A common fallacy is to assume authors of incomprehensible code will be able to express themselves clearly in comments.
— Kevlin Henney
I quite like Kevlin Henney, particularly his talks. Some people grumble about his information density being a little bit low, (as if optimizing for information density is a good proxy for optimizing for information transfer – it’s not), but I find his talks both informative and entertaining. Above all though, I find them accessible. Kevlin spends a lot of time talking about is the mindset of clean code, which we’ll briefly encounter today.
A quote that strikes close to home is the one above. The typical knee-jerk reaction I experience when pointing out confusing code to newer programmers is something like, “Oh don’t worry, I added a comment to explain what I’m doing”. I used to trust that this would address the issue. But, on multiple occasions, you’ll revisit the code a couple weeks later. And, encountering said comment, you realize in dismay that it’s not only still confusing, but also incorrect.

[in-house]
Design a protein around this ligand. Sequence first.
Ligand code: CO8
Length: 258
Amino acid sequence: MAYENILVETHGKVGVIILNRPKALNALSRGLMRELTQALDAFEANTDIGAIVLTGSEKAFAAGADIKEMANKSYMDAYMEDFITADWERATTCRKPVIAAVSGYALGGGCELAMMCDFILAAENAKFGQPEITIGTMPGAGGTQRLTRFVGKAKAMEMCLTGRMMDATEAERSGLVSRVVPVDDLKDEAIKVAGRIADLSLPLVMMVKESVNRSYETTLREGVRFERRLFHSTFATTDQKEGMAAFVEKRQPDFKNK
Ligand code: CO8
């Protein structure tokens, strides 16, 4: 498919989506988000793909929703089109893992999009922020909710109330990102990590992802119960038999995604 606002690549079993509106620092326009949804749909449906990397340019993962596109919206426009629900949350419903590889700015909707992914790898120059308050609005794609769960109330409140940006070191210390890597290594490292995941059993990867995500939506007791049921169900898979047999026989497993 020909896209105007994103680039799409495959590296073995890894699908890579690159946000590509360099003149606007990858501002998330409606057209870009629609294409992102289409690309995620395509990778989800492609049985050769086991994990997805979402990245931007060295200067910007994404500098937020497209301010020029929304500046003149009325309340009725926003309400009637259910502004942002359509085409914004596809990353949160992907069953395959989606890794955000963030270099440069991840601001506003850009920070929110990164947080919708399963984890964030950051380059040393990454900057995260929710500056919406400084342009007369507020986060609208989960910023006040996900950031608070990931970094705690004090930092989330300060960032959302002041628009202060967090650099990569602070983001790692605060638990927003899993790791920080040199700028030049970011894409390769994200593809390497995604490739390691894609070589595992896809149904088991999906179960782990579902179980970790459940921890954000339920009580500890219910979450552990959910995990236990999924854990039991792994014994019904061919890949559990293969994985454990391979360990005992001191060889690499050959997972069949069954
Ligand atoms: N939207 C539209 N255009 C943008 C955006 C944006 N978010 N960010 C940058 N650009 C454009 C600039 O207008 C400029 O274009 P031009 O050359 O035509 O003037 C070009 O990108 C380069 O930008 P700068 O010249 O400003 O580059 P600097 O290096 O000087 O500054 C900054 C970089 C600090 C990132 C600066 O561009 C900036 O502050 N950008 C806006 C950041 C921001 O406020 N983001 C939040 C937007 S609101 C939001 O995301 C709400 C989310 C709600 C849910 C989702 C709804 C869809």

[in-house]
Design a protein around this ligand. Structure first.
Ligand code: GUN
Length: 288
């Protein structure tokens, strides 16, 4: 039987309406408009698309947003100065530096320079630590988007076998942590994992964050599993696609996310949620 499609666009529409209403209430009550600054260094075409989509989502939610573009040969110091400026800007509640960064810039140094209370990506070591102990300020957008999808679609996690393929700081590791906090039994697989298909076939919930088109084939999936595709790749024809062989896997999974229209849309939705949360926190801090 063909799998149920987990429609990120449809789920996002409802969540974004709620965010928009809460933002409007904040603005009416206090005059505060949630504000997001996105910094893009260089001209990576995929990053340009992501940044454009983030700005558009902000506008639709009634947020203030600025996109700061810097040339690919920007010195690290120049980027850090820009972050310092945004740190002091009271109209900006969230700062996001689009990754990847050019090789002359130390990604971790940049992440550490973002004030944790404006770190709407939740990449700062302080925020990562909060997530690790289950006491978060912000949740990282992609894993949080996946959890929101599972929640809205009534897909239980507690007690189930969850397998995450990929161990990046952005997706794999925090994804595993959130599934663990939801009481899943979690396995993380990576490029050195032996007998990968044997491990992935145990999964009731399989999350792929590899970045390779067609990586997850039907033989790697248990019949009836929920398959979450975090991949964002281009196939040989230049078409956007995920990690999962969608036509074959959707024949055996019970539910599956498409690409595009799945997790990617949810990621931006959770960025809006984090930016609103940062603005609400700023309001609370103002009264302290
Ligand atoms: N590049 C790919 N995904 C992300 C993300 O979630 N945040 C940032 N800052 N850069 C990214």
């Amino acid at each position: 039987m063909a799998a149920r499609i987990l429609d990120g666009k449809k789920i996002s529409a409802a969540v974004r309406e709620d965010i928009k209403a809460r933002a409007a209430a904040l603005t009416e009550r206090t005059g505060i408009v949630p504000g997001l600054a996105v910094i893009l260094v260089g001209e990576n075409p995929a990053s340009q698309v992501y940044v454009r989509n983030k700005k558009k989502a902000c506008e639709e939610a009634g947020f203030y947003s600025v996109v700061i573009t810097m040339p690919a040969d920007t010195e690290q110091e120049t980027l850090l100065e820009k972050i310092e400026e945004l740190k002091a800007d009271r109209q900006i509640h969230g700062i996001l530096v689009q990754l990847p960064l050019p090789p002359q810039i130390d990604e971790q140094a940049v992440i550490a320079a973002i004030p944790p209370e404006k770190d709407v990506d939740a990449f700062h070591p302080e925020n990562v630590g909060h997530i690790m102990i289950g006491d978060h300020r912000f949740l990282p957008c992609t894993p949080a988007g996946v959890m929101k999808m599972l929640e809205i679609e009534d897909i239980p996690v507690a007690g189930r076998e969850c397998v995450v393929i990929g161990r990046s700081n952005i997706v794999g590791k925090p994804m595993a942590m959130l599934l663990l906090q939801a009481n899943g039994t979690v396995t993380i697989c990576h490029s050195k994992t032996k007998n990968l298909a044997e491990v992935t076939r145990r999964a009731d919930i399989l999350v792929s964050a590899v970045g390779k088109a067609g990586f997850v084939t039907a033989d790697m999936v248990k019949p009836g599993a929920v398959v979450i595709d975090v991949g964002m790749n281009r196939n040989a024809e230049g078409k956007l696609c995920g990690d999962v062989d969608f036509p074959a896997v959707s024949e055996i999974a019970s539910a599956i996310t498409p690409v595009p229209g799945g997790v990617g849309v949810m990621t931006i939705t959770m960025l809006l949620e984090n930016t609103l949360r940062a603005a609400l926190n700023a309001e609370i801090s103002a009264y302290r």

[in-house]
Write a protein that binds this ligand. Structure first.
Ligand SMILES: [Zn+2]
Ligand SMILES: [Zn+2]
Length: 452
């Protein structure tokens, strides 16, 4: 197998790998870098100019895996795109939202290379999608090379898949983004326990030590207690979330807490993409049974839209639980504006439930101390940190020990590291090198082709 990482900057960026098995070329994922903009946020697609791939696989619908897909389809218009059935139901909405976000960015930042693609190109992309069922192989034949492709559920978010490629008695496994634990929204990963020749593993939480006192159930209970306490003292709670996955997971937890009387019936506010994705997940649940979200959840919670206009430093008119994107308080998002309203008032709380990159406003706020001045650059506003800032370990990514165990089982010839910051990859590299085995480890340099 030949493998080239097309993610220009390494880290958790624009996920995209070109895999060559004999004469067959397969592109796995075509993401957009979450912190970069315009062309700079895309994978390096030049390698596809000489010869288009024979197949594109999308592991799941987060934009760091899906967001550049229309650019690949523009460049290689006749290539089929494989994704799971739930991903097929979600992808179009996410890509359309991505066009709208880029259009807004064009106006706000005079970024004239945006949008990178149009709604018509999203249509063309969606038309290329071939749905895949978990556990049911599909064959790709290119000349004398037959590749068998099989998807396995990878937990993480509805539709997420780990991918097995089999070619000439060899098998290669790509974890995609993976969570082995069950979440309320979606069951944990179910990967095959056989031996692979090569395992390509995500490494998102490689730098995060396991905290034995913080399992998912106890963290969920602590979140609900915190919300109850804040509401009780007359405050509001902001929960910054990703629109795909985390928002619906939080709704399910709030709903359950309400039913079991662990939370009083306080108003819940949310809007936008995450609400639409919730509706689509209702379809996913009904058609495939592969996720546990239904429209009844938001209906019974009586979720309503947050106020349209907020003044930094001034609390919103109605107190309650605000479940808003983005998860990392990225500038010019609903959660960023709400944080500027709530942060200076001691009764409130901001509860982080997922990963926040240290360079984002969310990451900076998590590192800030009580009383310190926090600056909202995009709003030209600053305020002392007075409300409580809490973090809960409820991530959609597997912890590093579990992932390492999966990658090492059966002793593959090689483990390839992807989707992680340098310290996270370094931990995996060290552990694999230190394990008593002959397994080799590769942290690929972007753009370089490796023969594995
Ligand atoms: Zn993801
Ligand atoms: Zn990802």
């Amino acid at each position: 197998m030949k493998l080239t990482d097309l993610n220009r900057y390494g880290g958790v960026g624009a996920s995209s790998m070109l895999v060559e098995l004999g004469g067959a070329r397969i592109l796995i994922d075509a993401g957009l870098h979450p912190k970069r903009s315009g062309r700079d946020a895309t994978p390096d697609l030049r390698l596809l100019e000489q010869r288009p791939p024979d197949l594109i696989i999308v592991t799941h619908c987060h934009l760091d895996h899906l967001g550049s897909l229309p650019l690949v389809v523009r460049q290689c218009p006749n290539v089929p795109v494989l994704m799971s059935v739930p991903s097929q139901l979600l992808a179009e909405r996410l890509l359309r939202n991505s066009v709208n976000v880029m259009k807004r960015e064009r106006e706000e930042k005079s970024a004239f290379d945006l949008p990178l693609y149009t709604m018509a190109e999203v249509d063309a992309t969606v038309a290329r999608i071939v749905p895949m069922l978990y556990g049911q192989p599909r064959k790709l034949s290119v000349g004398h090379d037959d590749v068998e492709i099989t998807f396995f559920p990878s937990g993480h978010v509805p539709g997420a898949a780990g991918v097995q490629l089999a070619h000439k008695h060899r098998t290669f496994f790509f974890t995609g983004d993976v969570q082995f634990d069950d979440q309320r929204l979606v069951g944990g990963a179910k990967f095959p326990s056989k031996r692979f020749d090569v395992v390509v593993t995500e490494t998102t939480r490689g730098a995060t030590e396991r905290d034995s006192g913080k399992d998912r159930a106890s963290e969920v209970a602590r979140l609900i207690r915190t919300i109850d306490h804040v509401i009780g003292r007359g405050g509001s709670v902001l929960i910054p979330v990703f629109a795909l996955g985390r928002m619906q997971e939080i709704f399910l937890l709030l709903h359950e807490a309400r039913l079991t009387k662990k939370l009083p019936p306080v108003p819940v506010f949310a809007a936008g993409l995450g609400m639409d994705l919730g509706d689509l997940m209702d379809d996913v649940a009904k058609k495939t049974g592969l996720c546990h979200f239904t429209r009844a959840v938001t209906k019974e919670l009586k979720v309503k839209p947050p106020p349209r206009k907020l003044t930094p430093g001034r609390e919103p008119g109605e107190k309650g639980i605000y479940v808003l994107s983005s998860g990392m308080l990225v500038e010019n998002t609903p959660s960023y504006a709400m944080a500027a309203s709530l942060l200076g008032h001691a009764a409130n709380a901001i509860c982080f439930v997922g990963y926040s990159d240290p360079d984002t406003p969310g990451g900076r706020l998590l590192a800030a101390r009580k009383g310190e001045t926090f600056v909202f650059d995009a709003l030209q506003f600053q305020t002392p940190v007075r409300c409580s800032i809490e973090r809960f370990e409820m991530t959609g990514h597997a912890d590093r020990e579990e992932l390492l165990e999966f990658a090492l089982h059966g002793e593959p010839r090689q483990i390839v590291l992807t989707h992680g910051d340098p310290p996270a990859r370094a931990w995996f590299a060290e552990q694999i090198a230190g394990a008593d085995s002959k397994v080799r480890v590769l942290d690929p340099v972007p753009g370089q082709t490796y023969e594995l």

The reason is a fairly logical too. In order to describe something clearly, you need to be able to reason about it clearly. Incomprehensible code is difficult to reason about. And therefore the comment, which is supposed to provide some insight, ends up being just as incomprehensible as the code.
Garbage in, garbage out, as data scientists love to say.
When someone is confused by a piece of code you’ve written, your first instinct should be to try and refactor the code in a cleaner way that’s easier to reason about. Not to put a top hat on a turd by adding a comment. Ideally, your code should be self-documenting (a la Clean Code, et al.), with comments being a last resort, such as when there’s a very particular reason you’re not pursuing the obvious solution.
After all, comments don’t get checked by the compiler, and don’t throw runtime errors if they’re incorrect. But they will cause you to reason incorrectly about code that’s difficult to reason about.